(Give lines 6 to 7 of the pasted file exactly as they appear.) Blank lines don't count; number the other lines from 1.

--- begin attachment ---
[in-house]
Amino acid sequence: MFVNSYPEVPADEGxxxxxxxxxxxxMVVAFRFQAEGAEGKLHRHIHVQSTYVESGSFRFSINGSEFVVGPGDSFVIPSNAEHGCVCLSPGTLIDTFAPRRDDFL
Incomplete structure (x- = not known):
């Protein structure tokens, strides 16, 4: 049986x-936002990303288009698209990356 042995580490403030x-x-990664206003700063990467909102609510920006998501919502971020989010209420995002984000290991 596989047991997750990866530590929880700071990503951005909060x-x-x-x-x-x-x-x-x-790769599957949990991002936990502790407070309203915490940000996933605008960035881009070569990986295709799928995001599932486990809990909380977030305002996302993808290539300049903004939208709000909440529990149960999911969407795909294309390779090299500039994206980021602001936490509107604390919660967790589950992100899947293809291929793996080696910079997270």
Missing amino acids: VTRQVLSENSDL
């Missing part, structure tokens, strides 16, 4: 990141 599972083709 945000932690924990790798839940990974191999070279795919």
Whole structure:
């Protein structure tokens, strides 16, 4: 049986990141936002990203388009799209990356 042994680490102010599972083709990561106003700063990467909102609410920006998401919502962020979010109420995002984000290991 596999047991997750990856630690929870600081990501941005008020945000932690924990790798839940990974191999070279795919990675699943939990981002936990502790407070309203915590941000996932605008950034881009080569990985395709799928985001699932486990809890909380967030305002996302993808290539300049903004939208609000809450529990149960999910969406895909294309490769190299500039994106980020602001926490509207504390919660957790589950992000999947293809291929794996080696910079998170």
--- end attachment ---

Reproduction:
């Missing part, structure tokens, strides 16, 4: 990141 599972083709 945000932690924990790798839940990974191999070279795919």
Whole structure: